On Jan. 20 Dal had a record of six wins and six losses in Atlantic University Sport, it was a mediocre record and not one they wanted as hosts of the national championships. Then they went on a fantastic run, winning 12 straight games capturing the AUS championship and losing in bronze medal game at nationals.
For a team with most players being before their fourth year, it was a big jump for the program.
“We have grown a lot and what is really good about it is we lose three players, and so we’re coming back with the same core, so we’re expecting to make even more damage than we did this year,” said second-year player Keevan Veinot.
Veinot is one of three second-year point guards on the team along with Xavier Ochu and Jordan Brathwaite. Those three were critical to the turnaround of the team. Point guards control the offence, they bring the ball up the floor, call the plays, and make the first offensive play with the ball. Their decision-making is crucial. As second-years, the young trio had some growing pains in the first half of the year about knowing when to make the right play.
“You have to go through experiences you have to make mistakes…knowing the plays and what you’re looking for out of a play and all those factors, and it just takes time,” said the team’s Head Coach Rick Plato. “Even the sweetest tasting apples need some time to ripen up.”
Veinot played only one game in January and was out because of tonsillitis, that meant Ochu and Brathwaite got more playing time and experience. By the time Veinot came back at the beginning of February, everything had clicked. All the guards felt confident, so they were playing better offensively. When they were losing, Dal only scored above 70 points once and only once they were unable to hold the opposition to under 76 points. Their defence was always great, but everything came together once the offence got going.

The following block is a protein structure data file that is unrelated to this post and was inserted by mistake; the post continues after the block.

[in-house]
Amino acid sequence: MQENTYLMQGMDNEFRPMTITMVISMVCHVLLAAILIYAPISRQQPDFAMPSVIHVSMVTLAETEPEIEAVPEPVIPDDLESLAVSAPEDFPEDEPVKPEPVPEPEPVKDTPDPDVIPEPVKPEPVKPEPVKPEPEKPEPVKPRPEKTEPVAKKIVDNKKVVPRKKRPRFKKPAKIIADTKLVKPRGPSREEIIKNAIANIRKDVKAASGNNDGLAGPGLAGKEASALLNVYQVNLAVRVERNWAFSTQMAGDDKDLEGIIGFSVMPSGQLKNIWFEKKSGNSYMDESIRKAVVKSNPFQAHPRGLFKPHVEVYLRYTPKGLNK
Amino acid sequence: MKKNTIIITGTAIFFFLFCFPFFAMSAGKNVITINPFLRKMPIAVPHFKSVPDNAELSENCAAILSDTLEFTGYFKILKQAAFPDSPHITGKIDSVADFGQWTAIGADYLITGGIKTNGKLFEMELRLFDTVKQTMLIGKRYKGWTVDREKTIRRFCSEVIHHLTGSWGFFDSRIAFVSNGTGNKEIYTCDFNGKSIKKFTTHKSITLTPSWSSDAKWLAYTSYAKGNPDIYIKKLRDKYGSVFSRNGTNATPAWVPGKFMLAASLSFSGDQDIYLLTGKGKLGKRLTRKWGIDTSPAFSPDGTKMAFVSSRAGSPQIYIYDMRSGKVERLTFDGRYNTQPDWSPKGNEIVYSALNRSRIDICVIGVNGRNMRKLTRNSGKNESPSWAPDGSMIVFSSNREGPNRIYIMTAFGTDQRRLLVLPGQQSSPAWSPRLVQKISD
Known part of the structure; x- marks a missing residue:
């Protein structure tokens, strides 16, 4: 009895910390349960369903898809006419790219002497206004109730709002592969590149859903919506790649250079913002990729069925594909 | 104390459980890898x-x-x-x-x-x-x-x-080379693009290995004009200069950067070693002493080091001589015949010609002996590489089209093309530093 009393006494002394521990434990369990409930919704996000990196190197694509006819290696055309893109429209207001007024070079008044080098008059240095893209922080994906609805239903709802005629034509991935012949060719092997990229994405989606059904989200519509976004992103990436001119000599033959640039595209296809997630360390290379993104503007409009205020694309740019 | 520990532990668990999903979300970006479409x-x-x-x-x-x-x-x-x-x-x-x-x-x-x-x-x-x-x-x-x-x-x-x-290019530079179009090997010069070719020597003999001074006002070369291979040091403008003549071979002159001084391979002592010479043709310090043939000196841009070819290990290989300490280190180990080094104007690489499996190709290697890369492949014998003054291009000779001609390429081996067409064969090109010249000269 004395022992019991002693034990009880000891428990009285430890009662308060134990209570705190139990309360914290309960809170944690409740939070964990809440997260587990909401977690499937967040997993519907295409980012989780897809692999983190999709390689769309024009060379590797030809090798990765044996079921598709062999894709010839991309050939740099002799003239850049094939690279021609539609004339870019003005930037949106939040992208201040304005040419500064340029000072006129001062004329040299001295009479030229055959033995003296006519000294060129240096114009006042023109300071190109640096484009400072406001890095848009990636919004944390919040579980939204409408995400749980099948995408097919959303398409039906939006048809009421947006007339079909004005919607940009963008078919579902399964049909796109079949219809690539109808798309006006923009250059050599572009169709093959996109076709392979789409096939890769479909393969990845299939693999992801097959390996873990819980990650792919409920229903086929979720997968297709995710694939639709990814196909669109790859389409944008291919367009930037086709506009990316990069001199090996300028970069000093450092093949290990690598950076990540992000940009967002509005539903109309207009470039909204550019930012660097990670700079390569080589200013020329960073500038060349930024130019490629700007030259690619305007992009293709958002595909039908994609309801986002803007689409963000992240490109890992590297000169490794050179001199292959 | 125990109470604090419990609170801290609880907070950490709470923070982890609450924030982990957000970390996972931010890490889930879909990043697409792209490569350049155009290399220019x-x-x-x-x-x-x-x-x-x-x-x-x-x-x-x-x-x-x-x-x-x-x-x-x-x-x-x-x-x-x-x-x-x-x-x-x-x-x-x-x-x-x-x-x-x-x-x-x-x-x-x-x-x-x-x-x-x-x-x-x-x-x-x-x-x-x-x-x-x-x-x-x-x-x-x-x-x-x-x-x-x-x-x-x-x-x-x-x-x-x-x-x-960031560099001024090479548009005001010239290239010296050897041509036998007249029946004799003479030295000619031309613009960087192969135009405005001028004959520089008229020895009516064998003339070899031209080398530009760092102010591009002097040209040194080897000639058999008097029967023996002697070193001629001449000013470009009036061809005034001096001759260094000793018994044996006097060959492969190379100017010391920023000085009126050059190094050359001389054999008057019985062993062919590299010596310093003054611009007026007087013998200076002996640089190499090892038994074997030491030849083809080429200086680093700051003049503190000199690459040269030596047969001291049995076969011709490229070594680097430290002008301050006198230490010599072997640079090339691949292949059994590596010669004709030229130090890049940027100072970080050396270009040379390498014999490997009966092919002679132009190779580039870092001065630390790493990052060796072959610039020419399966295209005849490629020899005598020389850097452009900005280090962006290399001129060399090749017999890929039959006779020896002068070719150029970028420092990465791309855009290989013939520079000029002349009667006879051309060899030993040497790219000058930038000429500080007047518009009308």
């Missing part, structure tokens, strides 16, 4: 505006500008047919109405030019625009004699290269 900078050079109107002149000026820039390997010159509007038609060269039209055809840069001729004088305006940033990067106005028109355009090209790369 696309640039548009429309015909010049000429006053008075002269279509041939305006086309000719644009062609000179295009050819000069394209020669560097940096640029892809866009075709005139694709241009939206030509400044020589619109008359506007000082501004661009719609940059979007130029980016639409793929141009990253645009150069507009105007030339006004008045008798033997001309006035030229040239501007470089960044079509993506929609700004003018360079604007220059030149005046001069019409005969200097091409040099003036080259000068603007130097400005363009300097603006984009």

“Keevan, Xavier and Jordan, they’re going to be scary,” says Plato.
In the AUS playoffs, Dal defeated Memorial University and the University of New Brunswick in their first two games. They came up against the juggernaut Saint Mary’s Huskies in the championship game-SMU only lost one game all year. Still, Dal defeated them 65-55 and won their fourth AUS championship in five years. Veinot was named playoff MVP.
Plato thinks Veinot has developed into a leader on the team.
“I think [Veinot] started to realize his teammates looked up to him,” said Plato. “You need someone to drive the bus, everybody just can’t be along for the ride, somebody has to take the bull by the horns,” said Plato.
The next weekend was the national championships. Dal’s first game was against the University of British Columbia, and Dal defeated them 74-65. Dal’s next game was against the top-ranked Carleton Ravens. Dal played great and was leading by three points heading into the fourth quarter. However, Carleton took control and won by 11 points. They played Ryerson for the bronze medal game but lost 84-66, by that time they had nothing left.
“After playing an emotionally high-level game against B.C. and getting that win, and a higher level of emotion, intensity, and physicality against Carleton, going to play Ryerson the game after was tiring I’m not going to lie,” said Veinot. “After the first few possessions I personally was gassed, and it was a battle of both basketball and physical demand.”
Dal is losing Cedric Sanogo, Kevin Duong and Mike Shoveller. Sanogo was the only starter, so the young core is still intact. With the maturing of the guards and forwards Alex Carson and Sascha Kappos having another year of experience as the top scorers on the team. Dal should be a powerhouse next year, and Plato expects them to get to the national championship game soon.
“We’ll be there, it just a matter of time with this young team,” said Plato.]]>